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The new horror film “The Crazies” follows in the same vein as its predecessors, “28 Weeks Later,” “Return of the Living Dead,” and the like, and relies heavily on the presence of a covert military force rounding up suspected, infected townsfolk (the crazies), thereby ignoring, for large gaps at a time, the primary reason people plopped down their $9 – to see the crazies.

However, director Breck Eisner, who helmed the awful, awful Matthew McConaughey vehicle “Sahara,” really sets up the scares well in this often intense, government-conspiracy yarn about a stealth military plane that crashes in a rural Iowa bog, tainting the drinking water with a top secret virus that turns all the usually reserved locals into homicidal machines.

At the center of the bloody rampage is a husband-and-wife couple. The woman is played by Aussie Radha Mitchell, whose best work is in Woody Allen films (“Melinda and Melinda”) and horror films (“Rogue,” “Silent Hill”), and Timothy Oliphant, whose comfort zone lies in playing angry cops well (HBO’s brilliant “Deadwood,” the upcoming TV series “Justified”). He earns his paycheck here by taking the role of – you guessed it – the town’s sheriff.

A teenage girl (Danielle Panabaker of the “Friday the 13th” remake) and an increasingly unstable deputy (Joe Anderso, in a scene-stealing performance) round out the ragged foursome who run, hide and maim their way to the outskirts of town in the mode of the XBOX 360 video game “Left 4 Dead.”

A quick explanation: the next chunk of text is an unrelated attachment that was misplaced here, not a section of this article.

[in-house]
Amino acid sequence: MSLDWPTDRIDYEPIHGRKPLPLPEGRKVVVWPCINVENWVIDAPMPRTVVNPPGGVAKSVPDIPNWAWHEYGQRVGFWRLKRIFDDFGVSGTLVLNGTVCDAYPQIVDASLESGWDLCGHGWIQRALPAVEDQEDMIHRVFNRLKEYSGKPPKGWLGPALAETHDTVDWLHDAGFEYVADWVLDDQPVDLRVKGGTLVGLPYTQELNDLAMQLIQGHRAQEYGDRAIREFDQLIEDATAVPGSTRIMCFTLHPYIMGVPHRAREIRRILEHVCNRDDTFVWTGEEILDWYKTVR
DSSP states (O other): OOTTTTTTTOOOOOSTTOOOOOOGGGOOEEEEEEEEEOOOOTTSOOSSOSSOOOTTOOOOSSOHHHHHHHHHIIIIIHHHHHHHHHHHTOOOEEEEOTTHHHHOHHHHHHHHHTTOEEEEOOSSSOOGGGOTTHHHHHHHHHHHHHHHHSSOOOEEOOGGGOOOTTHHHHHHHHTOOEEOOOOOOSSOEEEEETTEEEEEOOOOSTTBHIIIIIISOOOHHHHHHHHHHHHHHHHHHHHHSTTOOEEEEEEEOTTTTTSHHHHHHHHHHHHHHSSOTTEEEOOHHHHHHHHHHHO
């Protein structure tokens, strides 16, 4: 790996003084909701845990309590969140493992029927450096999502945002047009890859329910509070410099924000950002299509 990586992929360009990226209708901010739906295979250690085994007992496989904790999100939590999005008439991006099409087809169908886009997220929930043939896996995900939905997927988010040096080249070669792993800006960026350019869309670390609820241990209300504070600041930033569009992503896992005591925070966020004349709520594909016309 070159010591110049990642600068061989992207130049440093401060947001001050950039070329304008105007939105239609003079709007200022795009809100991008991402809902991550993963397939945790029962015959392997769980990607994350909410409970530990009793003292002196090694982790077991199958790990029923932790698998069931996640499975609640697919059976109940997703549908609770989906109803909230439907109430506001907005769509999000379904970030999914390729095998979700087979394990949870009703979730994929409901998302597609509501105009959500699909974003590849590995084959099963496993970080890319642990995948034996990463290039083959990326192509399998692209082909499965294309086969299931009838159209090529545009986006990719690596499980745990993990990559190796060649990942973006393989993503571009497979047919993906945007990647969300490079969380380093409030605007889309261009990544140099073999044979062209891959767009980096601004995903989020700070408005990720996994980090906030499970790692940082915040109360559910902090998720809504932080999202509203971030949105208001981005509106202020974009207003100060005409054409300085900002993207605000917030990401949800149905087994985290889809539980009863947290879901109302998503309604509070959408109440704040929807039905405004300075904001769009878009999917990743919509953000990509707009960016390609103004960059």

Unfortunately for horror-genre enthusiasts, too much of the heroes’ time is spent dodging mostly faceless military personnel. That said, Mr. Eisner successfully scares us by prolonging a few harrowing scenes – townies overrunning a military-run quarantine facility, a madman languidly dragging a pitchfork toward strapped-down patients, a baby’s room ambush and the film’s opening scene: a baseball game on a lazy weekend afternoon that ends up being anything but.

While the score is nothing to write home about (see “28 Weeks Later” for an excellent example of a pulsing, palm-sweating tone-setter), the country-themed soundtrack featuring “We’ll Meet Again” by Johnny Cash and “Bring Me Sunshine” by Willie Nelson help nail the setting of a quiet, farming community that has no idea of the carnage awaiting in its own backyard.

These are minor gripes; if you are a fan of the genre, by all means check out the critically well-received bloodbath “The Crazies.”

Rated R for bloody violence and language. The film runs 101 minutes.

My rating is “popcorn”: See this movie in the theater.